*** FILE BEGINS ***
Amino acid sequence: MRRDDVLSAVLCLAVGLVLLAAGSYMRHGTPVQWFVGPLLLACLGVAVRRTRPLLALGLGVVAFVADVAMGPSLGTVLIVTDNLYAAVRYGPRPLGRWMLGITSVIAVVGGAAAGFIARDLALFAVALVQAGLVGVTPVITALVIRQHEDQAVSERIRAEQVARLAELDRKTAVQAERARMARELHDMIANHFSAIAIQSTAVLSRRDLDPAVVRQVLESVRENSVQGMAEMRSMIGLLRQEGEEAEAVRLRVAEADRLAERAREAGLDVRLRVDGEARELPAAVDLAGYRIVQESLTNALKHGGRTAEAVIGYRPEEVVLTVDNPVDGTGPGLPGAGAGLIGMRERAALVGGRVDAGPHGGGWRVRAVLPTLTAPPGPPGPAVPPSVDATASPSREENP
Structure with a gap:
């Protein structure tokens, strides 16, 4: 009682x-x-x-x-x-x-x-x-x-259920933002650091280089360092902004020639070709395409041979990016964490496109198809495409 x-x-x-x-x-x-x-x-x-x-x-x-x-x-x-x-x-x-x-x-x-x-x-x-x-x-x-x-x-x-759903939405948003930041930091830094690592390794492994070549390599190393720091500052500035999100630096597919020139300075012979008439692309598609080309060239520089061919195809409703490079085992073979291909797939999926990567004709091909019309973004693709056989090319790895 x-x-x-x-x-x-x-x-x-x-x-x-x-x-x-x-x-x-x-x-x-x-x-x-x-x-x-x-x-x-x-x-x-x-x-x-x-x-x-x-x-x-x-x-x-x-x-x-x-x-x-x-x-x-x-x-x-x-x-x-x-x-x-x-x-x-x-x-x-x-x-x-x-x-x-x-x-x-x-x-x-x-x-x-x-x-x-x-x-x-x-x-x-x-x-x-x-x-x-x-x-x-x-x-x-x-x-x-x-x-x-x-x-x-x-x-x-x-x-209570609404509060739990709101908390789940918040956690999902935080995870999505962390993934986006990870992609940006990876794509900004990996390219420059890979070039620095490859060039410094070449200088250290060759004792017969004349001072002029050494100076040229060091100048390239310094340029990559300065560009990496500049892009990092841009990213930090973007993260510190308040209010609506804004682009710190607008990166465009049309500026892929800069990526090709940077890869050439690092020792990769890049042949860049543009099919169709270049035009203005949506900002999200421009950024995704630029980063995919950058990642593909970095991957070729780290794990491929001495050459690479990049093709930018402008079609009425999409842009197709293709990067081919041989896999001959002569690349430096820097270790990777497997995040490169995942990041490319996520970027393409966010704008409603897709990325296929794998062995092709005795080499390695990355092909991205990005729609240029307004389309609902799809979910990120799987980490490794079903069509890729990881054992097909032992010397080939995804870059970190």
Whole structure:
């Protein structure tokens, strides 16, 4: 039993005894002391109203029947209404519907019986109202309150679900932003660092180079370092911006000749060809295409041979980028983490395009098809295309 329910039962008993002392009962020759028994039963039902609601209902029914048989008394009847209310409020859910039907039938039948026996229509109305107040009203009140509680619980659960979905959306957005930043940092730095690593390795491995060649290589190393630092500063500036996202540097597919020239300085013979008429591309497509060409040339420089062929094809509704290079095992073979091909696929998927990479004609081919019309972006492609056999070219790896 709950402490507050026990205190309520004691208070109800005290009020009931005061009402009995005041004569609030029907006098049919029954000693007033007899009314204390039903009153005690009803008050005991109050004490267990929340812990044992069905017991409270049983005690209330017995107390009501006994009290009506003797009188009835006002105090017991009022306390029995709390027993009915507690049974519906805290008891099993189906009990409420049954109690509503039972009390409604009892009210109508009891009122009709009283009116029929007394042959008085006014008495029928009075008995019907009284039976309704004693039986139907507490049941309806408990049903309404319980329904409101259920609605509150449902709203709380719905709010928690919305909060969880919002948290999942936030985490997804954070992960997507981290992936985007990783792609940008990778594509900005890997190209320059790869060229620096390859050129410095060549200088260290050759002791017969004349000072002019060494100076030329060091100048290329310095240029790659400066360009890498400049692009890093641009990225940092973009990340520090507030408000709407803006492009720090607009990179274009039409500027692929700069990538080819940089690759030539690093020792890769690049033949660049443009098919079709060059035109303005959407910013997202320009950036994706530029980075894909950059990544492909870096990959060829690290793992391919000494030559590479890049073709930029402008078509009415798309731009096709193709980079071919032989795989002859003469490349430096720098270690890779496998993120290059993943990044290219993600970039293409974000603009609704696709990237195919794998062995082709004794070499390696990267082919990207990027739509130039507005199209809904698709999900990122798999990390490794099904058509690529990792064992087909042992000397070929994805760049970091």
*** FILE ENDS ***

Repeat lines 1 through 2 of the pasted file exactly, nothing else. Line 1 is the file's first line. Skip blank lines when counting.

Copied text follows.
Amino acid sequence: MRRDDVLSAVLCLAVGLVLLAAGSYMRHGTPVQWFVGPLLLACLGVAVRRTRPLLALGLGVVAFVADVAMGPSLGTVLIVTDNLYAAVRYGPRPLGRWMLGITSVIAVVGGAAAGFIARDLALFAVALVQAGLVGVTPVITALVIRQHEDQAVSERIRAEQVARLAELDRKTAVQAERARMARELHDMIANHFSAIAIQSTAVLSRRDLDPAVVRQVLESVRENSVQGMAEMRSMIGLLRQEGEEAEAVRLRVAEADRLAERAREAGLDVRLRVDGEARELPAAVDLAGYRIVQESLTNALKHGGRTAEAVIGYRPEEVVLTVDNPVDGTGPGLPGAGAGLIGMRERAALVGGRVDAGPHGGGWRVRAVLPTLTAPPGPPGPAVPPSVDATASPSREENP
Structure with a gap: